The European Union is considering giving robots human rights under a plan to classify them as “electronic persons” and making their owners liable to pay taxes on their behalf, according to Reuters.
What’s been called a “robot revolution” in recent years has led to millions of robots of all types being built and utilised in almost every area of society – from robotic arms in the manufacturing industry, through autonomous vehicles in transportation, to domestic or service robots in commercial buildings and in the home.
No one knows exactly what the robot population on Earth is, but it’s likely to overtake segments of the human population in some countries within a decade or two. Moreover, a very large proportion of future robots are likely to be humanoids.
This massive growth of robotics and autonomous technologies has led the European Parliament’s committee on legal affairs to draft a resolution saying “that at least the most sophisticated autonomous robots could be established as having the status of electronic persons with specific rights and obligations”.
The influential German engineers’ association VDMA, along with industrial giant Siemens, and robot maker Kuka, have all said the EU proposals are “too complicated and too early”, according to Reuters.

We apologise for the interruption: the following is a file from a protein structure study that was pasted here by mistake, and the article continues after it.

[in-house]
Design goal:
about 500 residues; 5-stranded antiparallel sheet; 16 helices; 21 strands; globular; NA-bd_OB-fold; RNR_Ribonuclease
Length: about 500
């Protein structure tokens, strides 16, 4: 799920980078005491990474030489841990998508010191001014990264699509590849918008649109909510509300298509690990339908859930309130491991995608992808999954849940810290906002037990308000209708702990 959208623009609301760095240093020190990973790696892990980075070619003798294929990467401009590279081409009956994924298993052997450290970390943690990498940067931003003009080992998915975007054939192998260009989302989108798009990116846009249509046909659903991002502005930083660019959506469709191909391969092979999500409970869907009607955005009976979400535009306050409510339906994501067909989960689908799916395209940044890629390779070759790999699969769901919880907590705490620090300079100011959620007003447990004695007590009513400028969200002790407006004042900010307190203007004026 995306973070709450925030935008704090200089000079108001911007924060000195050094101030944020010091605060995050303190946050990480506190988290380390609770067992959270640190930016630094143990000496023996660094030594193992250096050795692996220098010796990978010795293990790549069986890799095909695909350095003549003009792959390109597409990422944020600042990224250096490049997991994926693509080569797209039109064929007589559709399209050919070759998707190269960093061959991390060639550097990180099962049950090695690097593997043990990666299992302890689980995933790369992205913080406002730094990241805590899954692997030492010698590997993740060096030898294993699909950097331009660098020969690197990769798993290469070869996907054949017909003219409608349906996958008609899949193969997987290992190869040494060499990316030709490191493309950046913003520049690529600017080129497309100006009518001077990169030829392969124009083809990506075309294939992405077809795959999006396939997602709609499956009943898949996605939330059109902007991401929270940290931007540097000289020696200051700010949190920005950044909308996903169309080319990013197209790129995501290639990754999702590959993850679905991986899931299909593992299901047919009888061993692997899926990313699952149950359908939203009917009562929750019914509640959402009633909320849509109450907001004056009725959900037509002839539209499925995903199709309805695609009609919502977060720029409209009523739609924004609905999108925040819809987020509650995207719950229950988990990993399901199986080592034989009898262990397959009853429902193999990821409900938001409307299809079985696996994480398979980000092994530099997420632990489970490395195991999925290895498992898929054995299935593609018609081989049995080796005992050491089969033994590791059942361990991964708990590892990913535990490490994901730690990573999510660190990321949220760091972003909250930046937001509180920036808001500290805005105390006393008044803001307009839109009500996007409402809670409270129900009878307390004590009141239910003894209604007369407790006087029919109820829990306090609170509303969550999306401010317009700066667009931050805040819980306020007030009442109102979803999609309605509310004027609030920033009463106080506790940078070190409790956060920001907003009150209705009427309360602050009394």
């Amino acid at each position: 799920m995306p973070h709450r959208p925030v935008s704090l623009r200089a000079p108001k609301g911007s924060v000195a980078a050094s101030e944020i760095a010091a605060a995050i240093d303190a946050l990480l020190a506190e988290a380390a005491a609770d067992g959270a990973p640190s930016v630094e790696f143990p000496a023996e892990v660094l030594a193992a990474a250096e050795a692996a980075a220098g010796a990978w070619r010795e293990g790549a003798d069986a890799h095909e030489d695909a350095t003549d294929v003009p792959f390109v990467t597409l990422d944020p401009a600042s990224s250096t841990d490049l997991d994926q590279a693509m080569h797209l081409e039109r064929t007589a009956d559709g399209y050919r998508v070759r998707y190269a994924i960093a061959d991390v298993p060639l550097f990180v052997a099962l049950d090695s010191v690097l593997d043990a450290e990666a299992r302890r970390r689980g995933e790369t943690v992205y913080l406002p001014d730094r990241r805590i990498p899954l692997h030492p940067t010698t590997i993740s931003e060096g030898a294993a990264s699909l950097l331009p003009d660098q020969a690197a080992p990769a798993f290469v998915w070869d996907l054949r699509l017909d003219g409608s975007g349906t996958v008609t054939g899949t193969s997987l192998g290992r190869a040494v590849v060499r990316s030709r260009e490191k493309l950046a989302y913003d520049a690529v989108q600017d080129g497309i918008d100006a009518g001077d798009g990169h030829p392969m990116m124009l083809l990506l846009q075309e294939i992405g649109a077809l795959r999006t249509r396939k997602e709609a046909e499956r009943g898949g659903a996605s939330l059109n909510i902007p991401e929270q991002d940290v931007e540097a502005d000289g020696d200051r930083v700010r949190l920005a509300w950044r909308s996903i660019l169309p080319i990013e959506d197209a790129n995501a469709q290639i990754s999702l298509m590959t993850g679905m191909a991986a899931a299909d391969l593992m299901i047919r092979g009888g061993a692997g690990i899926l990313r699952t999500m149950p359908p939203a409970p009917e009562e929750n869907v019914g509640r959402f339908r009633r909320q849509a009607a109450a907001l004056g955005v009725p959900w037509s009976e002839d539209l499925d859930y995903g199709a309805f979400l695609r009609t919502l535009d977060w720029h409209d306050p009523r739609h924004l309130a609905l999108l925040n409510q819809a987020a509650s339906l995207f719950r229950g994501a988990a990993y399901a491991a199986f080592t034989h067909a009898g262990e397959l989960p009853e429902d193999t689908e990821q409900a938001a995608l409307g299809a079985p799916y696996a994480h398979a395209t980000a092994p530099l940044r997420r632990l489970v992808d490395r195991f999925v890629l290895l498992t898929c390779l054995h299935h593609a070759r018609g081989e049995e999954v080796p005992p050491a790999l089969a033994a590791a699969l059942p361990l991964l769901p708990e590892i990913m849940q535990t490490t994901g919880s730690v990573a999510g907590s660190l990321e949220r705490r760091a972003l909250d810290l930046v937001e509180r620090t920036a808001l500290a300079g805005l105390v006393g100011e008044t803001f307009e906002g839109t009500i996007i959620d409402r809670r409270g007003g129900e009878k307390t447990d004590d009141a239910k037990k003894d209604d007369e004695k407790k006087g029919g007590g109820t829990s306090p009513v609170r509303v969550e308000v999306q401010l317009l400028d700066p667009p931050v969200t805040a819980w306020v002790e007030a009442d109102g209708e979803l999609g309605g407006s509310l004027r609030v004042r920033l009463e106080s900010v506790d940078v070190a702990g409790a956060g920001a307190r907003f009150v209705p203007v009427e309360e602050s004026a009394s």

The EU committee also suggested the creation of a register for smart autonomous robots, which would link each one to funds established to cover its legal liabilities, says Reuters, which quotes Patrick Schwarzkopf, managing director of the VDMA’s robotic and automation department, as saying: “That we would create a legal framework with electronic persons – that’s something that could happen in 50 years but not in 10 years. We think it would be very bureaucratic and would stunt the development of robotics.”
Schwarzkopf was speaking to reporters at the Automatica robotics trade fair in Munich. He also said that a legal framework for self-driving cars would be needed soon.
Others in Europe are also against the idea of entirely new laws for robots. A legal expert at London law firm Bristows says the all the necessary laws to regulate robots are already in existence.
This article was first published on Industrial Updates, June 2016.